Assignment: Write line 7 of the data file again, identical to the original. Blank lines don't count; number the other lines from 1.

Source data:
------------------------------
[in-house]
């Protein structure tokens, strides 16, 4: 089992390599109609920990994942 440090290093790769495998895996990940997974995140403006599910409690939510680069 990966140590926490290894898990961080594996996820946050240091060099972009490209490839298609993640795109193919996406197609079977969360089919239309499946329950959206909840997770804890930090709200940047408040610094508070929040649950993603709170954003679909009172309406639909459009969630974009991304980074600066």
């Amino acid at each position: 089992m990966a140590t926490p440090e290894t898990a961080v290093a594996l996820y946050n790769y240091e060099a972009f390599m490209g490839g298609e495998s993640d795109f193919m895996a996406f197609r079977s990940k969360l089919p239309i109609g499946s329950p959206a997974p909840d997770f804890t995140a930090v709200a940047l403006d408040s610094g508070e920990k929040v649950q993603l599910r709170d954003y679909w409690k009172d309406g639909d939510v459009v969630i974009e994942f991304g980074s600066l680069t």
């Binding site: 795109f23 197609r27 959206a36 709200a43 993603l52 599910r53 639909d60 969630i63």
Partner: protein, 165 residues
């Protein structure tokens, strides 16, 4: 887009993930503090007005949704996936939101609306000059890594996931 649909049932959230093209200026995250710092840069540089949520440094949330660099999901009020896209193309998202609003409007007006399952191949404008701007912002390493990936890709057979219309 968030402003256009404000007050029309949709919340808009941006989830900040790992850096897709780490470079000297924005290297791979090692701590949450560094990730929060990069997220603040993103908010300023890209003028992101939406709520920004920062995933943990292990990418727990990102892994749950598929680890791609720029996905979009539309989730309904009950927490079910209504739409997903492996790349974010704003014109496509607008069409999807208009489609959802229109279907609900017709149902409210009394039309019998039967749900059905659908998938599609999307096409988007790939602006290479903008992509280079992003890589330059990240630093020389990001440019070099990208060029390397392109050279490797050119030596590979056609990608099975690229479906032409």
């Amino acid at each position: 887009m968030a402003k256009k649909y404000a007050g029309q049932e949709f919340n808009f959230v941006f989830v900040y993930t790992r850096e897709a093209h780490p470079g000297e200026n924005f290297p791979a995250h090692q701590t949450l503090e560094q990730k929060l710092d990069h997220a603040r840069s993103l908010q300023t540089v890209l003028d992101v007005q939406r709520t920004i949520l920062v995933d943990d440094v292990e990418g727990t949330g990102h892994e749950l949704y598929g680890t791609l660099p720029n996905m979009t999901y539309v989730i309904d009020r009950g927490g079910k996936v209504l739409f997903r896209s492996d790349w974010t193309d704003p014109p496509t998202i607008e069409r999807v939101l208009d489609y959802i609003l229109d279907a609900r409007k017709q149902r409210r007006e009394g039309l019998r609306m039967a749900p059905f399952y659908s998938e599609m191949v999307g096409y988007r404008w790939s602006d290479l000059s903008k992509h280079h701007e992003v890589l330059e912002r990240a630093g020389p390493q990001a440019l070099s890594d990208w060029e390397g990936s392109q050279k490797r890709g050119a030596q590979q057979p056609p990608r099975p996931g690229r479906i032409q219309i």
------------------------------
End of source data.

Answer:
């Amino acid at each position: 887009m968030a402003k256009k649909y404000a007050g029309q049932e949709f919340n808009f959230v941006f989830v900040y993930t790992r850096e897709a093209h780490p470079g000297e200026n924005f290297p791979a995250h090692q701590t949450l503090e560094q990730k929060l710092d990069h997220a603040r840069s993103l908010q300023t540089v890209l003028d992101v007005q939406r709520t920004i949520l920062v995933d943990d440094v292990e990418g727990t949330g990102h892994e749950l949704y598929g680890t791609l660099p720029n996905m979009t999901y539309v989730i309904d009020r009950g927490g079910k996936v209504l739409f997903r896209s492996d790349w974010t193309d704003p014109p496509t998202i607008e069409r999807v939101l208009d489609y959802i609003l229109d279907a609900r409007k017709q149902r409210r007006e009394g039309l019998r609306m039967a749900p059905f399952y659908s998938e599609m191949v999307g096409y988007r404008w790939s602006d290479l000059s903008k992509h280079h701007e992003v890589l330059e912002r990240a630093g020389p390493q990001a440019l070099s890594d990208w060029e390397g990936s392109q050279k490797r890709g050119a030596q590979q057979p056609p990608r099975p996931g690229r479906i032409q219309i």